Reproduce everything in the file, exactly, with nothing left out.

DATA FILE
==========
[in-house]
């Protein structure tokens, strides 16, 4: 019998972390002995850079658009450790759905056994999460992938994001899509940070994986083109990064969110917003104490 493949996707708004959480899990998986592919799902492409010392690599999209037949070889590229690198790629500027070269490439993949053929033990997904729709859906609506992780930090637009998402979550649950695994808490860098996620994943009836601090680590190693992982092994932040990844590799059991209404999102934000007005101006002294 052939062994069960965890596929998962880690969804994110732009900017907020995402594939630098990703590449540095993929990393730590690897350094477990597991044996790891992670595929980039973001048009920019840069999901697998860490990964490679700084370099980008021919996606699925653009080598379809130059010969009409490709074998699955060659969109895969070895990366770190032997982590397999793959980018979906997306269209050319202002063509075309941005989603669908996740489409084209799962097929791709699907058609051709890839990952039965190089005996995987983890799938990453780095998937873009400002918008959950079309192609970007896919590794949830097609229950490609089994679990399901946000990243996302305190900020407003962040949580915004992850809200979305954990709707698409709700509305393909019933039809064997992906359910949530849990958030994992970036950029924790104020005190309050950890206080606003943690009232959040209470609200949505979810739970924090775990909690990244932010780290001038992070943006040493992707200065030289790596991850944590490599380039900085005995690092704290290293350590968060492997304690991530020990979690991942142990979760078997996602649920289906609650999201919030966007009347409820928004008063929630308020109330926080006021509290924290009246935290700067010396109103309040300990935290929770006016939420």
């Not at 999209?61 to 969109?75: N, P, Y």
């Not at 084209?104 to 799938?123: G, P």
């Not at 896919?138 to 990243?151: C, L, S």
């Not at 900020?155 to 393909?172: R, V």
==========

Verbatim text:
[in-house]
């Protein structure tokens, strides 16, 4: 019998972390002995850079658009450790759905056994999460992938994001899509940070994986083109990064969110917003104490 493949996707708004959480899990998986592919799902492409010392690599999209037949070889590229690198790629500027070269490439993949053929033990997904729709859906609506992780930090637009998402979550649950695994808490860098996620994943009836601090680590190693992982092994932040990844590799059991209404999102934000007005101006002294 052939062994069960965890596929998962880690969804994110732009900017907020995402594939630098990703590449540095993929990393730590690897350094477990597991044996790891992670595929980039973001048009920019840069999901697998860490990964490679700084370099980008021919996606699925653009080598379809130059010969009409490709074998699955060659969109895969070895990366770190032997982590397999793959980018979906997306269209050319202002063509075309941005989603669908996740489409084209799962097929791709699907058609051709890839990952039965190089005996995987983890799938990453780095998937873009400002918008959950079309192609970007896919590794949830097609229950490609089994679990399901946000990243996302305190900020407003962040949580915004992850809200979305954990709707698409709700509305393909019933039809064997992906359910949530849990958030994992970036950029924790104020005190309050950890206080606003943690009232959040209470609200949505979810739970924090775990909690990244932010780290001038992070943006040493992707200065030289790596991850944590490599380039900085005995690092704290290293350590968060492997304690991530020990979690991942142990979760078997996602649920289906609650999201919030966007009347409820928004008063929630308020109330926080006021509290924290009246935290700067010396109103309040300990935290929770006016939420």
């Not at 999209?61 to 969109?75: N, P, Y």
């Not at 084209?104 to 799938?123: G, P």
């Not at 896919?138 to 990243?151: C, L, S």
């Not at 900020?155 to 393909?172: R, V």